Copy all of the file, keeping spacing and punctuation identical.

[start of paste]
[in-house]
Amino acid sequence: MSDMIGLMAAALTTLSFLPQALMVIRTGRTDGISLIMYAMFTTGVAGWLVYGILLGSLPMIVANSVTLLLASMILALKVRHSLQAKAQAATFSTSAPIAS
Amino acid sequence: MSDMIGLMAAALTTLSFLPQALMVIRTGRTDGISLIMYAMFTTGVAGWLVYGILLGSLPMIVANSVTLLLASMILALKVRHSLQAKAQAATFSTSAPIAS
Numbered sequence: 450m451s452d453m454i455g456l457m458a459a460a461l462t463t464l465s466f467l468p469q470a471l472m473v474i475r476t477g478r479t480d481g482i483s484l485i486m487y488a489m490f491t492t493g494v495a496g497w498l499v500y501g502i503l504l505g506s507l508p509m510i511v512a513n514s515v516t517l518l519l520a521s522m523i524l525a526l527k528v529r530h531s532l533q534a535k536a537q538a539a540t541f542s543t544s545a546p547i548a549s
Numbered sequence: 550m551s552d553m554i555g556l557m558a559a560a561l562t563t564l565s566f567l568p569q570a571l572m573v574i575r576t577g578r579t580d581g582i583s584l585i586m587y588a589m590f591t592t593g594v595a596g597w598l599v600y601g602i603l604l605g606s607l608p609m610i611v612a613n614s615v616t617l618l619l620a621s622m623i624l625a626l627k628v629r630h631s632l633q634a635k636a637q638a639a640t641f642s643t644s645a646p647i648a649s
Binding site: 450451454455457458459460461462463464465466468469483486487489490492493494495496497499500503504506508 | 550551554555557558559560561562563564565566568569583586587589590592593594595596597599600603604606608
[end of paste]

[in-house]
Amino acid sequence: MSDMIGLMAAALTTLSFLPQALMVIRTGRTDGISLIMYAMFTTGVAGWLVYGILLGSLPMIVANSVTLLLASMILALKVRHSLQAKAQAATFSTSAPIAS
Amino acid sequence: MSDMIGLMAAALTTLSFLPQALMVIRTGRTDGISLIMYAMFTTGVAGWLVYGILLGSLPMIVANSVTLLLASMILALKVRHSLQAKAQAATFSTSAPIAS
Numbered sequence: 450m451s452d453m454i455g456l457m458a459a460a461l462t463t464l465s466f467l468p469q470a471l472m473v474i475r476t477g478r479t480d481g482i483s484l485i486m487y488a489m490f491t492t493g494v495a496g497w498l499v500y501g502i503l504l505g506s507l508p509m510i511v512a513n514s515v516t517l518l519l520a521s522m523i524l525a526l527k528v529r530h531s532l533q534a535k536a537q538a539a540t541f542s543t544s545a546p547i548a549s
Numbered sequence: 550m551s552d553m554i555g556l557m558a559a560a561l562t563t564l565s566f567l568p569q570a571l572m573v574i575r576t577g578r579t580d581g582i583s584l585i586m587y588a589m590f591t592t593g594v595a596g597w598l599v600y601g602i603l604l605g606s607l608p609m610i611v612a613n614s615v616t617l618l619l620a621s622m623i624l625a626l627k628v629r630h631s632l633q634a635k636a637q638a639a640t641f642s643t644s645a646p647i648a649s
Binding site: 450451454455457458459460461462463464465466468469483486487489490492493494495496497499500503504506508 | 550551554555557558559560561562563564565566568569583586587589590592593594595596597599600603604606608